Belfast Telegraph

Scott urges England to stay calm in Scottish tie


Eyes on the prize: England’s Jill Scott is appearing in her fourth World Cup
Eyes on the prize: England’s Jill Scott is appearing in her fourth World Cup

By Phil Medlicott

Jill Scott has stressed England must not be distracted by the occasion and "stay logical" when they face Scotland in their Women's World Cup opener on Sunday.

The teams meet in a much-anticipated Group D clash in Nice two days after the tournament gets underway.

Lionesses midfielder Scott said: "The fans probably see it as a little weekend break away - for us, it is one of the biggest games of our lives.

"I think what's important is we don't get lost in the emotion of the occasion and we just stay logical, because at the end of the day we are just stepping on to a pitch and playing a football match.

"We need to do our best to try to kind of drown out all that noise that's coming from the outside.

"I'm sure the fans will have a fantastic time and hopefully we can put on a performance which makes them excited for the rest of the World Cup."

Scott was part of the England team that thrashed Scotland - who were without key players Kim Little and Jennifer Beattie due to injury - 6-0 in their opening match at Euro 2017. Scotland were making their first appearance at a major tournament.

"To be honest, I haven't even thought about that game, which probably shows how much I think this game is going to be completely different," Scott said.

"I think at that time Scotland had fantastic players but they probably didn't have the experiences that they have got now.

"I know there will be a lot more experience going into this one and I definitely predict it will be a much tighter affair than the one before.

"It's not a straightforward game. A lot of their players we are playing at clubs with, a lot of them we are playing in the same leagues with, they have Champions League experience now, and it is going to be a difficult game. We have to go out there in the right mindset."

Scott was speaking as Phil Neville's England had their first training session since arriving in France on Tuesday.

The 32-year-old, who is at her fourth World Cup, said: "When I stepped out onto the (training) pitch, I said 'it's really starting to smell like a tournament', and I think a couple of the girls thought I was a bit weird, but it's just excitement around that first game."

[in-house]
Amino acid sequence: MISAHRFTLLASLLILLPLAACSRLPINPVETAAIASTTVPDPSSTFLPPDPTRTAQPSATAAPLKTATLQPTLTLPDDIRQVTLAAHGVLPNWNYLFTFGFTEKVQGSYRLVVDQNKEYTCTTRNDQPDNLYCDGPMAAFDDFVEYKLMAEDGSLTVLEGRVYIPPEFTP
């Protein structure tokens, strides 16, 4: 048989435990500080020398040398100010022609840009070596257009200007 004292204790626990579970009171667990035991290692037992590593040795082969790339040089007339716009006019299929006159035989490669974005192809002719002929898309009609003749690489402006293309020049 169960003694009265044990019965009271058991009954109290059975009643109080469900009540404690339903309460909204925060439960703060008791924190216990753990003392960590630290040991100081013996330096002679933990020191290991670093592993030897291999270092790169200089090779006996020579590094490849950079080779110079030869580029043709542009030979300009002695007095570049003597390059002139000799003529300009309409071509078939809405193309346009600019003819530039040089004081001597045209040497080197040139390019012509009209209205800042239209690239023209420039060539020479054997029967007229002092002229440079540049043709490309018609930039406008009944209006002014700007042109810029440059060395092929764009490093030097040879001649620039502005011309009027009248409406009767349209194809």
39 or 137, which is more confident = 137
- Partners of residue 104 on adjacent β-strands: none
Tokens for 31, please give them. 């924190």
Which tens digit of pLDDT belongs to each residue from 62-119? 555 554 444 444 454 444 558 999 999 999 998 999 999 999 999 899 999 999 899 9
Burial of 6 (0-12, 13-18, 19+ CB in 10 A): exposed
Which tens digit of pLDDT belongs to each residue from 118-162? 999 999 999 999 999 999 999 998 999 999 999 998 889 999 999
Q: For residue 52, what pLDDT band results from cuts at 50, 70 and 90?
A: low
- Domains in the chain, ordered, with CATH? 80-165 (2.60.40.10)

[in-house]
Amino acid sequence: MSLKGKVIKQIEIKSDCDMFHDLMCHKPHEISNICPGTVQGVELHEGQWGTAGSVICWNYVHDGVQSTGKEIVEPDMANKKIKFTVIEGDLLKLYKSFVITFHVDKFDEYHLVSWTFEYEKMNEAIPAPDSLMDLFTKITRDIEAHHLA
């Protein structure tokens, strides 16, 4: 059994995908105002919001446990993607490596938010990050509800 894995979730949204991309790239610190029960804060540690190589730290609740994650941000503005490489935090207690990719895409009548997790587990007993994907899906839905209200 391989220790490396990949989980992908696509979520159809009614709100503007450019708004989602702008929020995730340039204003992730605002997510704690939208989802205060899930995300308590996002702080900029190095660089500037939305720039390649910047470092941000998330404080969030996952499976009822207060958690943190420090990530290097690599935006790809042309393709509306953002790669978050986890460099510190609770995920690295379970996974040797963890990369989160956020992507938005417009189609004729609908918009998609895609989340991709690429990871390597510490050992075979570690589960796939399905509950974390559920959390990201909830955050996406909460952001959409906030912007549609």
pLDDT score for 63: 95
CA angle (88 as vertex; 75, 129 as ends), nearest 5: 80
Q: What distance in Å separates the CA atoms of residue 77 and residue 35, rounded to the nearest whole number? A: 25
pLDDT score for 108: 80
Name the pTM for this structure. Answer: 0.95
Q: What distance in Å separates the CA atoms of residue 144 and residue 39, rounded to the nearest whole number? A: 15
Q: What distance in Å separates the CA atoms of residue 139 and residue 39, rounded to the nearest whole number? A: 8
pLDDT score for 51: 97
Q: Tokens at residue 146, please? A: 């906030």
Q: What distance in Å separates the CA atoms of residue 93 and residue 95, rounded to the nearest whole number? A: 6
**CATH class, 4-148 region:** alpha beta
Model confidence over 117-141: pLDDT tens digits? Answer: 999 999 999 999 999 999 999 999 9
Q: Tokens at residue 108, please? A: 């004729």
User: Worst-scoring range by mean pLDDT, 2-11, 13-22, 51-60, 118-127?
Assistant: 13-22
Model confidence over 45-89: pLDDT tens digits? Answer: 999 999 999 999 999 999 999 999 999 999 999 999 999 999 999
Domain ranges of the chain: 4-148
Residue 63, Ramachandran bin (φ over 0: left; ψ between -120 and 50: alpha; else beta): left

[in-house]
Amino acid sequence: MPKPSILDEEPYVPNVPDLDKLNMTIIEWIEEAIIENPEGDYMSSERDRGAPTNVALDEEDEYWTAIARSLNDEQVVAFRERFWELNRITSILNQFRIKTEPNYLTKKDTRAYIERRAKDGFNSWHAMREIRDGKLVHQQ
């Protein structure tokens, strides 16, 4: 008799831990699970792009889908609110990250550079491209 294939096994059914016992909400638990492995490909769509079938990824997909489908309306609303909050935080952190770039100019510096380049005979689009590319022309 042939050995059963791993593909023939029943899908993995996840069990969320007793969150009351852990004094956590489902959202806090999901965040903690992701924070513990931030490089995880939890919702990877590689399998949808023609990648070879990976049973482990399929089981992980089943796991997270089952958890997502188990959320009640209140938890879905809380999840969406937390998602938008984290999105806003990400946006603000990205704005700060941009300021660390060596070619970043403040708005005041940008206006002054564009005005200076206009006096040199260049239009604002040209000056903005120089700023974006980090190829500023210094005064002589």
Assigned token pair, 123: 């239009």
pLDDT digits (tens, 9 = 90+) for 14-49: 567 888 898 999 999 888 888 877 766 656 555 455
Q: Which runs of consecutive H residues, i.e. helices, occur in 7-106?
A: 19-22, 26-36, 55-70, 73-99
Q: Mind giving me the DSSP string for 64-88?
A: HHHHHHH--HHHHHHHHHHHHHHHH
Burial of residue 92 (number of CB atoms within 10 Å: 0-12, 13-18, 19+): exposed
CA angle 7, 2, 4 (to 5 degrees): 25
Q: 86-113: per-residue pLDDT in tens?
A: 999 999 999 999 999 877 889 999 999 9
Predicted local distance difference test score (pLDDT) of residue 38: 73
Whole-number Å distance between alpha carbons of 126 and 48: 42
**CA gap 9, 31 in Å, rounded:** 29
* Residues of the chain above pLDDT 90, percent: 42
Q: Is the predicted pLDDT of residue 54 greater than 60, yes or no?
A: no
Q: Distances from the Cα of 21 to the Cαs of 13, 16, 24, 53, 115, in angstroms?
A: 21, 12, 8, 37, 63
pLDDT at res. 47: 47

She added: "To say that I'm at my fourth World Cup still seems a bit surreal. I know Phil's done a couple of interviews where he's said it won't be my last. I keep saying to him 'let's just try to get through this one first.'

"But I'm enjoying my football, I feel physically fine, and as long as I've still got a smile on my face, I'll keep trying to play for as long as I can."

Forward Toni Duggan was initially involved in the session at Parc des Sports Charles Ehrmann in Nice before withdrawing as a precaution having felt an issue with her thigh.

Meanwhile, goalkeeper Lee Alexander admits she was left in awe as a list of Scotland's A-list personalities took time out to wish Scotland all the best at the Women's World Cup.

The nation's number one now hopes Shelley Kerr's side can leave England stunned as they kick-off their first-ever appearance at the finals on Sunday.

The Scots smashed their record home attendance last week when 18,555 turned out to see them beat Jamaica at Hampden Park.

Among the crowd were First Minister Nicola Sturgeon, Judy Murray - mother of tennis stars Andy and Jamie - and new Scotland men's boss Steve Clarke, who all paid the team a visit in their dressing room after the match to congratulate them.

The Glasgow City stopper said: "We want to do everything we can to make Scotland proud so to have the men's coach come in and offer us his support was great. He told us we shouldn't have conceded goals against Jamaica! It's nice that he was honest with us.

"We had Steve, Judy Murray and Nicola Sturgeon in, so it was really good to know that these people want to speak to us and give us words of wisdom.

"You almost forget what they say as you're so in awe of that these people are actually interested in us and want us to do the best and make Scotland proud.

"But the message was mostly along the lines that we had done well to get here, now go enjoy it and perform."

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